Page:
Hematology/Oncology Patients Posttransfusion Corrected Count Increment and/or Platelet Recoveries and Survivals. In 14 (74%) of 19 studies, autologous platelets were obtained from patients in remission in an attempt to support them through their next course of chemotherapy (Table 5). Most of these patients had been documented to be alloimmune platelet refractory during a prior course of treatment, and HLA-compatible platelets were frequently not available. In the first reported study, 7 patients received both autologous radiolabeled cryopreserved and fresh platelet concentrates [30]. Platelets were cryopreserved in 10% DMSO at a controlled rate and stored in the vapor phase of liquid nitrogen for 8 to 28 days, and after thawing, the DMSO was not removed. Platelet recoveries were 83% of fresh, and survivals were 93% of fresh. A second study used the same freezing conditions but compared controlled rate to noncontrolled rate freezing using platelets from an HLA-identical sibling. One-hour corrected count increments (CCIs) were 104% of the same donor's fresh platelets with controlled rate freezing and only 35% of fresh with noncontrolled rate freezing. Corrected count increments at 24 hours were 84% and 18% of fresh for controlled vs noncontrolled rate freezing, respectively [31]. One other study evaluated the transfusion of autologous platelets cryopreserved with 5% DMSO in the vapor phase of liquid nitrogen that either had the DMSO removed after thawing (n = 18) or not (n = 24), and no differences in posttransfusion CCIs or intervals to next transfusion were observed [32]. Because of the very strong patient's exhaled sulfur odor associated with the administration of DMSO, most later studies centrifuged the platelets after thawing to remove the supernatant plasma with the platelets resuspended in either autologous or allogeneic plasma. Predominantly, 5% DMSO [37–44] was used with or without controlled rate freezing, with storage in the vapor phase of liquid nitrogen or at −80°C for 1 day to 3 years. Because of the heterogenicity in these studies, it is very difficult to determine if the freezing variables made any significant differences in the posttransfusion results. However, 1 study using autologous apheresis platelets showed a clear difference in 24-hour CCIs between 6% DMSO cryopreserved platelets vs freezing in 5% DMSO/6% Hepes buffer (HES) with 1-hour CCIs of 5600 ± 1000 vs 2000 ± 1100, respectively [45]. In 11 studies that evaluated CCI responses to cryopreserved autologous platelets, the cumulative mean CCI at 1 hour posttransfusion was 10 400 ± 4000 (range, 2700-15 800) [32,34,35,39–43,46,47]. Another study reported that 84% of the patients transfused had a 1-hour CCI of greater than 7500, which is considered an acceptable response [44]. Only 5 studies reported a 24-hour CCI, and the mean 6500 ± 4200 (range, 3200-13 900) [40–42,45,47]. Three studies also calculated percent platelet recoveries for autologous cryopreserved platelets, and the mean was 37% ± 14% [22,35,42] with 1 study reporting an interval between transfusions of 3.5 days [42]. Only 2 studies reported CCI responses to allogeneic cryopreserved platelets with mean 1-hour CCIs of 12 800 and 12 600, respectively [33,36]. There was 1 allogeneic radiolabeled cryopreserved platelet study that reported recoveries of 31% ± 15% and survivals of 2.7 ± 1.4 days [38]. Six studies reported fresh transfusion data along with the cryopreserved platelet data. One study had both auto fresh and cryopreserved data from the same subject with cryopreserved recoveries that were 48% of fresh and 1-hour CCIs that were 52% of fresh [22]; 2 studies had both fresh and cryopreserved allogeneic data from different donors with cryopreserved CCIs of 65% and 46% of fresh CCIs at 1 hour [33,36] and 32% of fresh at 24 hours [36]; and 3 studies had cryopreserved autologous donors compared with fresh allogeneic donors with 1-hour CCIs of 56%, 42%, and 64% of fresh, respectively [40,41,47] and 27% and 66% of fresh at 18 to 24 hours posttransfusion, respectively [41,47]. Overall, these data suggest responses to cryopreserved both autologous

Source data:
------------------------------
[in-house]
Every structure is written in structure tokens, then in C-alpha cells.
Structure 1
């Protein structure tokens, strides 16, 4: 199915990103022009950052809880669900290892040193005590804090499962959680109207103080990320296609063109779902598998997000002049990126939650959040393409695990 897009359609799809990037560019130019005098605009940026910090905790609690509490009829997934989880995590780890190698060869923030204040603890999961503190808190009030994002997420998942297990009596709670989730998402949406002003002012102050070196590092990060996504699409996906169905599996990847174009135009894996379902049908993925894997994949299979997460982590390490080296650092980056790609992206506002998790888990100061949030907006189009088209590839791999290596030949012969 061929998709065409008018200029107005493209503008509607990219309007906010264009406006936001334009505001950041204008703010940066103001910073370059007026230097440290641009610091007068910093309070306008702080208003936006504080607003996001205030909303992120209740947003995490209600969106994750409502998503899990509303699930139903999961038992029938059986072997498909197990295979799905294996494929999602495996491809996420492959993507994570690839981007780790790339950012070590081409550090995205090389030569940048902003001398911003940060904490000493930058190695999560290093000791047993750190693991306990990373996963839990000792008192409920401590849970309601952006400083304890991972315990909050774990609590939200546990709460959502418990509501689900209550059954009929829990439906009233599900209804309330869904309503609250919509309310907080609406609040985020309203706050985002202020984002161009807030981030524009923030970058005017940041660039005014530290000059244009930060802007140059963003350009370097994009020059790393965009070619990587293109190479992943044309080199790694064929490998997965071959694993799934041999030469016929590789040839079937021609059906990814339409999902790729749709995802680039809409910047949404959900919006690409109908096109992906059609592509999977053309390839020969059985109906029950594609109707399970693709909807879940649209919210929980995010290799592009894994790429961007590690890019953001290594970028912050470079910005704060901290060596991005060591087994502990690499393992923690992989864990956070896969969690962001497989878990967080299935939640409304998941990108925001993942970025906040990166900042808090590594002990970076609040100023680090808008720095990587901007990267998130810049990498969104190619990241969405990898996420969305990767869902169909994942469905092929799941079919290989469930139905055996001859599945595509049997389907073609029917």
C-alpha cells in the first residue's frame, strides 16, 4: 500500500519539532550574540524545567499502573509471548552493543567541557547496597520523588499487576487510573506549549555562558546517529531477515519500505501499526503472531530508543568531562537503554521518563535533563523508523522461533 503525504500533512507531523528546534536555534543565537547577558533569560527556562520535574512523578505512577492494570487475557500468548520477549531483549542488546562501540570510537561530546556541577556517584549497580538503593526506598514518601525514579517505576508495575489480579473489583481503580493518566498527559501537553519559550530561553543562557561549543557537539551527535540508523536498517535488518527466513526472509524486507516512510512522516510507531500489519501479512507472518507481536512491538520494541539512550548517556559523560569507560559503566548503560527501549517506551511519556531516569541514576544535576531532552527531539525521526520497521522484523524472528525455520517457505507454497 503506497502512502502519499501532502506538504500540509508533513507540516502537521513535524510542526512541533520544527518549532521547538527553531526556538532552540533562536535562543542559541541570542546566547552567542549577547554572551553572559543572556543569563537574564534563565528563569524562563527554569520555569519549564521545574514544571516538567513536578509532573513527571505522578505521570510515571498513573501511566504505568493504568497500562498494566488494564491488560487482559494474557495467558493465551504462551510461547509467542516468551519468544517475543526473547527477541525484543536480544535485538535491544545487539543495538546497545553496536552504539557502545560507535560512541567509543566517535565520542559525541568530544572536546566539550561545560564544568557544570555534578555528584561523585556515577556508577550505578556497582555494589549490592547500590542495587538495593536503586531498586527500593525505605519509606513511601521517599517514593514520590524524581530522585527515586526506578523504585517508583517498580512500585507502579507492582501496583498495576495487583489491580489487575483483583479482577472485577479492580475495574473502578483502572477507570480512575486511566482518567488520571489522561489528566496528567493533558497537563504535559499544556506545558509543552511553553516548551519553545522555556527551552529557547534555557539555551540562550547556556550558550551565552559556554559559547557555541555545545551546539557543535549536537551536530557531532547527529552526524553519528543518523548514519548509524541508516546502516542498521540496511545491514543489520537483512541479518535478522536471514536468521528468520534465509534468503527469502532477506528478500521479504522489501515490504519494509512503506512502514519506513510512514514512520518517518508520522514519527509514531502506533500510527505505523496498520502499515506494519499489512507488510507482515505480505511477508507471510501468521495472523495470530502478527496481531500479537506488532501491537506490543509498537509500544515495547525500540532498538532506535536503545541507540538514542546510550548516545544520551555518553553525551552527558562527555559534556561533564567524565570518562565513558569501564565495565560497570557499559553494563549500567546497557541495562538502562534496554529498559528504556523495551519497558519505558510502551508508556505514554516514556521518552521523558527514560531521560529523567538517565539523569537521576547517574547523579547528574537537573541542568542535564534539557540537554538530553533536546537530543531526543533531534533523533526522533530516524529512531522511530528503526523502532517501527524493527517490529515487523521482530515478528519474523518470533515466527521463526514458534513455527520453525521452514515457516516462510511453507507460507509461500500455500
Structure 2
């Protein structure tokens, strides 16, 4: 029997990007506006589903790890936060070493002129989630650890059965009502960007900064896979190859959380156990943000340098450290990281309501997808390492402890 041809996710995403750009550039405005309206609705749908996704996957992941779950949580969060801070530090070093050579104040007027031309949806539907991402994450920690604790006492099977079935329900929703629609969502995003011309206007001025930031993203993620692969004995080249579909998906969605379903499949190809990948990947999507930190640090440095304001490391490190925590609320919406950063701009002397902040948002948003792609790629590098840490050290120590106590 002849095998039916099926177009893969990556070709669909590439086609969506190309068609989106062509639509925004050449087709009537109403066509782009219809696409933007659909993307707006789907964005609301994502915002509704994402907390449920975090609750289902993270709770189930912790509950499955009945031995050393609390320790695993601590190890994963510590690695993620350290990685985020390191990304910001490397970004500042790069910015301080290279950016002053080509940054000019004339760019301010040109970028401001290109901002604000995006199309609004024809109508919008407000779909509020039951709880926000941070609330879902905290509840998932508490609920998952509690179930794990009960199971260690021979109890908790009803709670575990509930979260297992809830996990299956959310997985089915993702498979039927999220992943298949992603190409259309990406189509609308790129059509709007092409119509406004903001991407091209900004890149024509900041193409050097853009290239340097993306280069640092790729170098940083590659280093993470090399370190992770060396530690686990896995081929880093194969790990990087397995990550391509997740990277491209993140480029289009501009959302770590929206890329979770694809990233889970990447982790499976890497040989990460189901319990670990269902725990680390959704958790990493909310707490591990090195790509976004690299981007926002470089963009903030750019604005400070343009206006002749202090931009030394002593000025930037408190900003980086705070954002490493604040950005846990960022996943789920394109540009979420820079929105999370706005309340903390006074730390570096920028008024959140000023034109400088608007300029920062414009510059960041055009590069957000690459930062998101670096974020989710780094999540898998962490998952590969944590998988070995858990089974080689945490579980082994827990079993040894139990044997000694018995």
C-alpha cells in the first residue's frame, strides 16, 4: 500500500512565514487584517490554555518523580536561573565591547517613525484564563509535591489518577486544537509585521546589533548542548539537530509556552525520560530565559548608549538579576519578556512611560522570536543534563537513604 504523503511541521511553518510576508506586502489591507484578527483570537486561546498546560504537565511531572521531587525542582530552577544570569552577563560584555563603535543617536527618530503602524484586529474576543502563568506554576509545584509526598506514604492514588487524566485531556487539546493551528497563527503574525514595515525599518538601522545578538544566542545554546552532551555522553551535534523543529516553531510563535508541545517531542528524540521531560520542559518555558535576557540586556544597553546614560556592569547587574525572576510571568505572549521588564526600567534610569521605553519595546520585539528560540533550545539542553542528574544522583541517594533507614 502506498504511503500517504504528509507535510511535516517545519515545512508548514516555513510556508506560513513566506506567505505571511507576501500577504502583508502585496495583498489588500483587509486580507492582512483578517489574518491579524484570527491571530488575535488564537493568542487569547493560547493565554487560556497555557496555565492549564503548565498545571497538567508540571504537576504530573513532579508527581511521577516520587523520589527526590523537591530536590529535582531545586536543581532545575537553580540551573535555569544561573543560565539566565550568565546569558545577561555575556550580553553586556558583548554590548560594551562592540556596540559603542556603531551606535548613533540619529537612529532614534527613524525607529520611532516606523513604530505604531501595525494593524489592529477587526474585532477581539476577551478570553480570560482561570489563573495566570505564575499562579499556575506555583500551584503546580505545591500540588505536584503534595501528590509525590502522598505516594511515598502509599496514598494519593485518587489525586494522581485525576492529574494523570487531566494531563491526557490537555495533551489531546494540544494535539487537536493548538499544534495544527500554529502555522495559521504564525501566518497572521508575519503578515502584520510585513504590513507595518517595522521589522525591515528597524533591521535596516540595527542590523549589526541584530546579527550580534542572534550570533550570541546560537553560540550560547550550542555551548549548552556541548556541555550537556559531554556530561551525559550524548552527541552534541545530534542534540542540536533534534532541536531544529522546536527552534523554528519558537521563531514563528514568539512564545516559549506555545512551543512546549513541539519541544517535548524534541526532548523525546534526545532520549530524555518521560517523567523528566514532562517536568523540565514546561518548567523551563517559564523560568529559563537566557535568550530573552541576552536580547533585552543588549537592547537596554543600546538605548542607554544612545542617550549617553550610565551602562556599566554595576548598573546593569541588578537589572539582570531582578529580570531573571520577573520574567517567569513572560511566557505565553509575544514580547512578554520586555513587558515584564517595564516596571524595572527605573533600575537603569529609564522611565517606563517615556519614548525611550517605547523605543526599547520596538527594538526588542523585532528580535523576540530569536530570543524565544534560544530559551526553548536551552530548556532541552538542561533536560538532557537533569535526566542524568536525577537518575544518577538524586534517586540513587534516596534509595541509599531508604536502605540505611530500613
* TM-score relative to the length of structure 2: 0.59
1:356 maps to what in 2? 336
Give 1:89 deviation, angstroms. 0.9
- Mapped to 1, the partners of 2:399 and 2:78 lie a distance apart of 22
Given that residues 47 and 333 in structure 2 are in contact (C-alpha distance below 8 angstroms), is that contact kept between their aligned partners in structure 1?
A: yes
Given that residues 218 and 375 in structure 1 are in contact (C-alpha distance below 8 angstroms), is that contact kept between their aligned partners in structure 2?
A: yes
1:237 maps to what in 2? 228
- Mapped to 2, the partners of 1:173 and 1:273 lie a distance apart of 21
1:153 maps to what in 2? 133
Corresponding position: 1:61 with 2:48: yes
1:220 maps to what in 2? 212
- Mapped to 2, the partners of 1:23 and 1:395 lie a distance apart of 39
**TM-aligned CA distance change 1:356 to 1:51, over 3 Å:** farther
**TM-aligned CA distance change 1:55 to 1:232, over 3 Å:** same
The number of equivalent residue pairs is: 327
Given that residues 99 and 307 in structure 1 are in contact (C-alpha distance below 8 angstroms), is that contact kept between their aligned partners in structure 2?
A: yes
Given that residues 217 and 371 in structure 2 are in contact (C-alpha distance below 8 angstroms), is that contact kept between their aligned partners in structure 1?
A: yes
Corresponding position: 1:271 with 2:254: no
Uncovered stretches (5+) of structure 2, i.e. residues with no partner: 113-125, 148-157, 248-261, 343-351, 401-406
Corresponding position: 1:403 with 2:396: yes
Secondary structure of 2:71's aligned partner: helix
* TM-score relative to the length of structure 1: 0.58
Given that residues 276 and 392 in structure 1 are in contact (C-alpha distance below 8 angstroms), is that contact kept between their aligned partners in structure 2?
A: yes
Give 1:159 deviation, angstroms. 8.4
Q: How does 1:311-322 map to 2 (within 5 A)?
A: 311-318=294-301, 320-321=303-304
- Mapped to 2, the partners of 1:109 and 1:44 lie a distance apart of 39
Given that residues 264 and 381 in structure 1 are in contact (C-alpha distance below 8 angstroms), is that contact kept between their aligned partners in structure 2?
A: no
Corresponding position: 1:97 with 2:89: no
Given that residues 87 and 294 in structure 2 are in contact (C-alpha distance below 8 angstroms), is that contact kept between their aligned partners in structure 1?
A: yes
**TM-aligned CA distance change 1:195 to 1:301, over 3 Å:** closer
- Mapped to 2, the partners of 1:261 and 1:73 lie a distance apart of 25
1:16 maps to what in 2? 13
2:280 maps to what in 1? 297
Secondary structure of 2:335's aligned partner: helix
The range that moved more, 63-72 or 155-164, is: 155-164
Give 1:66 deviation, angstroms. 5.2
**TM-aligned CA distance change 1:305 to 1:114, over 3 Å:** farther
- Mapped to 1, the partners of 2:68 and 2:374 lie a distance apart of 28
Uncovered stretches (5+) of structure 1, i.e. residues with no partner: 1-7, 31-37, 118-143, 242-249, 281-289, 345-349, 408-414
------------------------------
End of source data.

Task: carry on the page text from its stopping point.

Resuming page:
Hemostatic Responses Hemostatic efficacy was reported in 17 of the 19 studies with 5 showing a decrease in BTs after a cryopreserved platelet transfusion [30,31,33,37,42], and in 2 others, there was either no improvement [34] or a variable response to both fresh and cryopreserved platelet transfusions regardless of the posttransfusion platelet count [41]. In 4 studies, there was immediate cessation of active bleeding [22,35,38,46]; in 3 studies, no hemorrhagic events were recorded in any patients being supported by cryopreserved platelets [36,40,47]; and in another study, 2 patients required a standard platelet transfusion 24 to 48 hours after a cryopreserved platelet transfusion due to persistent nosebleeds [44]. These data demonstrate that cryopreserved platelets can provide effective hemostasis. Adverse Events In 6 studies involving 101 patients given 181 cryopreserved transfusions, no adverse events were reported [35,36,38,40,43,44]. In 4 studies involving 72 patients who received 181 cryopreserved transfusions, either a bad odor or bad taste (metallic) was noted that was likely related to residual DMSO; however, the frequency of these events was not given [22,32,34,41]. In another study involving 19 patients who received 63 cryopreserved transfusions, a bad taste and smell occurred after a single transfusion in 2 patients [47]. Other adverse events noted were 1 episode of urticaria and 1 of slight nausea in 8 patients who received 78 cryopreserved transfusions [42]. In 7 studies involving 232 patients who received 818 cryopreserved transfusions, no information was provided on adverse events [30,31,33,37,39,45,46], with the presumption being there were not likely to have been any serious adverse events. Cardiopulmonary Bypass Patients (1 Study) Posttransfusion Platelet Responses, Blood Product Utilization, and Hemostasis One cardiopulmonary bypass study used cryopreserved platelets (Table 6). The most comprehensive study involved 53 patients who were randomized to receive either cryopreserved (n = 24) or standard platelets (n = 29) [49]. The platelets were cryopreserved in 6% DMSO, stored in a − 80°C freezer for 1 to 24 months, thawed, centrifuged, and resuspended in plasma. The patients given cryopreserved platelets received a total of 4.5 ± 2.1 × 1011 platelets/patient vs 6.9 ± 3.9 × 10 11 platelets/patient for standard platelets (P = .008); median postoperative blood loss was 1721 mL per patient in those who received cryopreserved platelets vs 2299 mL per patient for those who received standard platelets (P = .007), and total blood products given was less for the patients who received cryopreserved platelets (P = .008). In a study of baboon cryopreserved platelets, 2 equal subpopulations of normal or reduced GP1b expressing platelets were observed, similar to human cryopreserved platelets. The GP1b-reduced platelets were rapidly removed from circulation, whereas the GP1b normal platelet population had recoveries of 48% and survivals of 6 days. It was postulated that the rapid removal of the GP1b-reduced platelet population was used to maintain endothelial integrity accounting for the improved hemostatic effectiveness of cryopreserved compared to standard platelets in the CPB study [50]. Adverse Events There were no transfusion reactions observed after the transfusion of either the cryopreserved or standard platelets [49]. In addition, the incidence of thromboembolic or infectious complications (wound or